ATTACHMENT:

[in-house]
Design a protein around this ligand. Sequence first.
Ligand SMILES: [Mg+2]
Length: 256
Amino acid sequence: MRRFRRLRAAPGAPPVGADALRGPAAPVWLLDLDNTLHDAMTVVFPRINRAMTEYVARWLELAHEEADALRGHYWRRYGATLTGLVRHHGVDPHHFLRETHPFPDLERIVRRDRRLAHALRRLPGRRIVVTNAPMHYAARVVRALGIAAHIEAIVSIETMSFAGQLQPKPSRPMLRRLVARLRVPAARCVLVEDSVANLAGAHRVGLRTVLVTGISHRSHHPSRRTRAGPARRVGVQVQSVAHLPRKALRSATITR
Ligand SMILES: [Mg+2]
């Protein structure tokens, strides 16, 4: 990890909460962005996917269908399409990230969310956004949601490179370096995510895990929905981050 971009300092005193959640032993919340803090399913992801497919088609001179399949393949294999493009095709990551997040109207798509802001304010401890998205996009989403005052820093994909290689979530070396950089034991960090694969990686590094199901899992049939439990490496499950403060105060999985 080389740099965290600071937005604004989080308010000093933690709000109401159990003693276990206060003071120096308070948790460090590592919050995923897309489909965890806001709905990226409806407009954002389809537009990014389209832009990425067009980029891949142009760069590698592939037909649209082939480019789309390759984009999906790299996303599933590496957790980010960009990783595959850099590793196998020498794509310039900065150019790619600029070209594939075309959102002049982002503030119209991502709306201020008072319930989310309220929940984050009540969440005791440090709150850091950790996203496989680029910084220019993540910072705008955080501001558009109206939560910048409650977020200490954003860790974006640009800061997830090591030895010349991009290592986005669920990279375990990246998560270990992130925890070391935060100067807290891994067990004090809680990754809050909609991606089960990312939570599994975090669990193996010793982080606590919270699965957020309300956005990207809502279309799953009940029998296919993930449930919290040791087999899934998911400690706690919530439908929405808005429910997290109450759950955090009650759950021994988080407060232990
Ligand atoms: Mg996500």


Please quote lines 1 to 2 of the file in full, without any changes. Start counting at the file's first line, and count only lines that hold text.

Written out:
[in-house]
Design a protein around this ligand. Sequence first.